Using free appliqué patterns for quilting is an easy way to liven up your favorite quilt or throw.
About Appliquéing Quilts
Appliquéing a quilt is the process of sewing a smaller piece of fabric to a background, such as a quilt square or top, either by hand or with a sewing machine, although the latter is much quicker and neater. There are various stitches you can use to applique a quilt including:
- Blanket stitch appliqué: This style was popular in the late 19th and early 20th centuries and was used to give the quilts an "antique or folk-art flavor." This stitch resembles a blanket hand stitch.
- Invisible blind hem appliqué: Just as the name suggests, a blind hem is sewn to the design with invisible or monofilament thread. This stitch closely resembles a fine hand stitch.
- Fusible machine appliqué: This is probably the easiest of the appliqué stitches because it calls for using fusible material as a guide to create a lovely appliqué. This style allows you to iron the design to the quilt before sewing the edges.
Finding Free Appliqué Patterns for Quilting
There are many websites that have a variety of free appliqué patterns for quilting available:
- Free Appliqué Patterns lists many patterns that are available, but tells consumers that even though the appliqué is shown on a sweatshirt, it can be easily used on a quilt.
- Equilters has a great template of a sports shoe, as well as images of a finished quilt with the same design.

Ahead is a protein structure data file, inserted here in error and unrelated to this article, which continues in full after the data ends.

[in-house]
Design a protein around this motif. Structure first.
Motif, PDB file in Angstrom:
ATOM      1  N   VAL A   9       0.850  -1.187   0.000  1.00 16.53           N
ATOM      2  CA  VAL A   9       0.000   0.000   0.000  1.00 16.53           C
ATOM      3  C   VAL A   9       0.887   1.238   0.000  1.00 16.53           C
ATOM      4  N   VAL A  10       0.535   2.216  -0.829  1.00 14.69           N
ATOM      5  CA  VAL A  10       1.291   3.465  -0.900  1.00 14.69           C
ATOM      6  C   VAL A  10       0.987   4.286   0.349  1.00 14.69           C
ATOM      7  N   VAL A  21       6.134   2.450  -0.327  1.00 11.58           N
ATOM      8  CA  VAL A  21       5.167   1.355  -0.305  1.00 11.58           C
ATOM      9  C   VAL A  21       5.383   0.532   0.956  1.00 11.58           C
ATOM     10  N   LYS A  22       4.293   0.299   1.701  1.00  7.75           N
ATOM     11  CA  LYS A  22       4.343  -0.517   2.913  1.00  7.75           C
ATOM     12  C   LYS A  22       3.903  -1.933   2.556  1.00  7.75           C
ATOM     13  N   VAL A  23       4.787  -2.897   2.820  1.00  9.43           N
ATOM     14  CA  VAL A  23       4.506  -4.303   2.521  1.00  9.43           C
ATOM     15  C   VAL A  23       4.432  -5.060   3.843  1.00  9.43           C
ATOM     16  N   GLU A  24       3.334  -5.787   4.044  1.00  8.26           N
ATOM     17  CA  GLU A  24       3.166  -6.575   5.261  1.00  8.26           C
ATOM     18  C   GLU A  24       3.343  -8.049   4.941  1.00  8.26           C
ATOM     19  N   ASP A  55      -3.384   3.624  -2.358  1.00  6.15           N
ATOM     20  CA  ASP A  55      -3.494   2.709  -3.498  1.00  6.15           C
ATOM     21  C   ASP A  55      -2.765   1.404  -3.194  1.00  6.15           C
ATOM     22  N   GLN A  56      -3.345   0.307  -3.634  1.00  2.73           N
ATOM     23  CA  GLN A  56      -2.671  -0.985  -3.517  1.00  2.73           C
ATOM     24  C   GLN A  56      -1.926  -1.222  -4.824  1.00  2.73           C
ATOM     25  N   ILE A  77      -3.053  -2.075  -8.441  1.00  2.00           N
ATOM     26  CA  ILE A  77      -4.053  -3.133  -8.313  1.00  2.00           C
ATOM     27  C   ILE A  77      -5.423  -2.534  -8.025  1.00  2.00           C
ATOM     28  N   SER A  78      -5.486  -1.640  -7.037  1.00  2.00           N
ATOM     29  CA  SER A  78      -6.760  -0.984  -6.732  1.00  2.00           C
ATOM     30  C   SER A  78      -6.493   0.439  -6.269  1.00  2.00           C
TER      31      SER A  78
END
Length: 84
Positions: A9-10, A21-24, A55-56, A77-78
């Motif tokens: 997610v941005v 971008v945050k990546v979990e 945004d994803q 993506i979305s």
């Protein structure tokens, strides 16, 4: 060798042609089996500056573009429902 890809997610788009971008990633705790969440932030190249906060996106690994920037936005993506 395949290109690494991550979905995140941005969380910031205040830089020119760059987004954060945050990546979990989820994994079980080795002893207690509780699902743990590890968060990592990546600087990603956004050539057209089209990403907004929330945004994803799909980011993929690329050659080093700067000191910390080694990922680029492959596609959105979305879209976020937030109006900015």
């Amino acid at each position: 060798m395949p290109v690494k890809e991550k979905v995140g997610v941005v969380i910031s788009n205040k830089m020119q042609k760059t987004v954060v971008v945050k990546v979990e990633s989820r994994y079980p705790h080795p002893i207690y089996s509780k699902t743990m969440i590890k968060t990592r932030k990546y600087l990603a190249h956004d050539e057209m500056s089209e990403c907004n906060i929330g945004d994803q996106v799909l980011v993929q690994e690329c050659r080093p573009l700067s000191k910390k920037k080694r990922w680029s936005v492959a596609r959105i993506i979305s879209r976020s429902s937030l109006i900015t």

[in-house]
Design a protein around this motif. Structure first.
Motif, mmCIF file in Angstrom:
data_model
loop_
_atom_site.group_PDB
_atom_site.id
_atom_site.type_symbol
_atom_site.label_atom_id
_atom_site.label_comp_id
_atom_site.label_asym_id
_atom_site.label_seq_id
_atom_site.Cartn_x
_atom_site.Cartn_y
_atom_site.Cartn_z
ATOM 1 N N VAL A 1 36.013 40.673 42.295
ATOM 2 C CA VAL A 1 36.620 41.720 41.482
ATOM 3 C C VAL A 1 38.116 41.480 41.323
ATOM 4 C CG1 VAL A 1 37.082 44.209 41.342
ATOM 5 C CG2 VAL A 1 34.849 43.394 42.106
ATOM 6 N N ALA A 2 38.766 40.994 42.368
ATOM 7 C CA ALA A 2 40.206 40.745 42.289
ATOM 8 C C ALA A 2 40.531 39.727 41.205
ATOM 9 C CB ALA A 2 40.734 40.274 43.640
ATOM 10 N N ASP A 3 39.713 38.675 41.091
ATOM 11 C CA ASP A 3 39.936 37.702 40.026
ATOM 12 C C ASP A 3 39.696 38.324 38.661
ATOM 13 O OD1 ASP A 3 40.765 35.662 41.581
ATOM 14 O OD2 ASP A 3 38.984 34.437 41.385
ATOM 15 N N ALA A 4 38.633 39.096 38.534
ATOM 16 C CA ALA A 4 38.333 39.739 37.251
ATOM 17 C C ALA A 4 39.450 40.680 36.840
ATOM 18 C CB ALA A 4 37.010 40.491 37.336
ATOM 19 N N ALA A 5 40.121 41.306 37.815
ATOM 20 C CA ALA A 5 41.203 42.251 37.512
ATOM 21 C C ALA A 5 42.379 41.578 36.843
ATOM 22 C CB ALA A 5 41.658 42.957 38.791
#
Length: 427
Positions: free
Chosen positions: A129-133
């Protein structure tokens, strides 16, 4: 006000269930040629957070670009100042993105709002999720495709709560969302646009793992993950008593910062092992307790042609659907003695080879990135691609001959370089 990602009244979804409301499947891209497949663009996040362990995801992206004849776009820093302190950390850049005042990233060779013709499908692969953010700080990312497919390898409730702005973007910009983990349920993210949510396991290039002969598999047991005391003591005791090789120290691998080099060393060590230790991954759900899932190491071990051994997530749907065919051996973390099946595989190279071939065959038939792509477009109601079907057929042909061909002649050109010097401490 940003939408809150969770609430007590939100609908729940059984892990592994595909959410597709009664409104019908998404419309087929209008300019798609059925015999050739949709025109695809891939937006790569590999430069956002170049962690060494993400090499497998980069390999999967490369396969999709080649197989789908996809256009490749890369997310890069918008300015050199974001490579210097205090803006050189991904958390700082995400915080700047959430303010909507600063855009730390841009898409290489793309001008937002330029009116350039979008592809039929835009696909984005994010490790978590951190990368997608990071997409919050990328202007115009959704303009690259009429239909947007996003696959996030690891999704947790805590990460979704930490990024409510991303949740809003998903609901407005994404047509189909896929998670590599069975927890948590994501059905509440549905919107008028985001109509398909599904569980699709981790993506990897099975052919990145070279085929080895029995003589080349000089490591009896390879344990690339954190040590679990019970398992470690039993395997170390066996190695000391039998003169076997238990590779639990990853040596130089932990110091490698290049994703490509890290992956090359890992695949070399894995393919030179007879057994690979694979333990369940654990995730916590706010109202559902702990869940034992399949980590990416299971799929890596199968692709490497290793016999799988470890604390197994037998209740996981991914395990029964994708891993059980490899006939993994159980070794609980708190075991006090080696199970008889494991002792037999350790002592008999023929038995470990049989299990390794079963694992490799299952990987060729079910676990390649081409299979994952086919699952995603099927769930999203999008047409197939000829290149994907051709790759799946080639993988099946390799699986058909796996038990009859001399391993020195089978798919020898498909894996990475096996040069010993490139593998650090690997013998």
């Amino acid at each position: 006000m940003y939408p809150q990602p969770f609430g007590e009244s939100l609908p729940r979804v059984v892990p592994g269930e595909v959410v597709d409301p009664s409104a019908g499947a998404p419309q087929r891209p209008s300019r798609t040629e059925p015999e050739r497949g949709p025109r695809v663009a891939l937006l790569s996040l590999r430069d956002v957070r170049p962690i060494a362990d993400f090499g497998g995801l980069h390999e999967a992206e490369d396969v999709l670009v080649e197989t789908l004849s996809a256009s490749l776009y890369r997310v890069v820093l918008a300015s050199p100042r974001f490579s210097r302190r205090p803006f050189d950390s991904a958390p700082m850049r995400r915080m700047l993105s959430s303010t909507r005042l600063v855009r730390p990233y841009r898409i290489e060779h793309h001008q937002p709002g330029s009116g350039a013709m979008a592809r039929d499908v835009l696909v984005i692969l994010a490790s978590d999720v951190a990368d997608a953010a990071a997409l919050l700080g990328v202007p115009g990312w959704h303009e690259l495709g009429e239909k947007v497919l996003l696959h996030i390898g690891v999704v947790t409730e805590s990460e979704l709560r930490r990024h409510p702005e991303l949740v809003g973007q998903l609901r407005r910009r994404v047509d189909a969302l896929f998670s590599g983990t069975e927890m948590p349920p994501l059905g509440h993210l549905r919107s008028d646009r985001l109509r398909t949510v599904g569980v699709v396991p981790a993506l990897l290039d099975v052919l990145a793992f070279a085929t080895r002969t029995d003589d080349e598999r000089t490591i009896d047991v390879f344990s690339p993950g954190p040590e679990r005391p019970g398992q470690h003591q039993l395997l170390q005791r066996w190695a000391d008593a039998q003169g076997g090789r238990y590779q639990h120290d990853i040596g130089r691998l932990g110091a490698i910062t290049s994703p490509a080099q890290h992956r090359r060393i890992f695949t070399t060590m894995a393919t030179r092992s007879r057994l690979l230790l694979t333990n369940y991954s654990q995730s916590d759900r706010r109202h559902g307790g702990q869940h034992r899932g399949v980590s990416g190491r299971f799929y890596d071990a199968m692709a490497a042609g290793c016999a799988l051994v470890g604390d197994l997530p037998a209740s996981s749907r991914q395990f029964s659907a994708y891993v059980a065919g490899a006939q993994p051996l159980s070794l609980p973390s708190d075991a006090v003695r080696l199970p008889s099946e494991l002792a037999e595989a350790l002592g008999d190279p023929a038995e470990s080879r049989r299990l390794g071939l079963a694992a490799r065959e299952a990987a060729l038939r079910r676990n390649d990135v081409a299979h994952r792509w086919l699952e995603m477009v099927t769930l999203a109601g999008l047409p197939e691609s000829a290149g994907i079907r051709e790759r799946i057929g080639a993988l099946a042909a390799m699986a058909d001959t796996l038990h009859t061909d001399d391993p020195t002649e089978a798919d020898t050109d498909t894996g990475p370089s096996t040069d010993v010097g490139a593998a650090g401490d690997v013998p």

- Block Crazy has templates of animals, the moon and stars, Christmas and Celtic designs available. The average template size is for a six-inch quilt square, but can be reduced or enlarged to fit your needs.
- Quilting has links to various templates including patterns called Checkerboard Cherries and Winter Weekend.
A Few Tips on Using Appliqué Patterns
- Store your appliqué patterns or templates in file folder or labeled envelope. It will be easier to find when you need it next time.
- If you choose to trace your appliqué pattern directly on to the fabric, do it on the wrong side so tracing lines won't show.
- Use a lightweight thread when appliquéing as to avoid any bulkiness, especially if you are using a stabilizer.
- Greeting cards and calendars can make great sources for appliqué designs.
- Old plastic placemats or milk jugs work well for cutting small appliqué templates.
- Glad Press 'N Seal or freezer paper is great for tracing appliqués as it stays in place without the stickiness from glue.
- When first learning to appliqué, use a starched cotton fabric, as it is easier to use.
- When cutting a piece fabric around a appliqué template, leave one-quarter of an inch all the way around for stitching.
- You can always practice your appliquéing skills on an old quilt or throw you pick up at a thrift store or yard sale. While you are there, look around to see if there are any appliqué patterns available. They may not be free, but will certainly be cheap.
Still not sure how to use appliqué pattern correctly? These books from Amazon can help you:
- 30 Colorful Quilt and Patchwork Projects
- The Creative Pattern Book
- Dream Landscapes: Artful Quilts With Fast-Piece Appliqué
Appliquéing a quilt can be a fun and easy skill you can learn as long as you have some basic sewing skills. Take your time and practice until you find the technique that suits you best.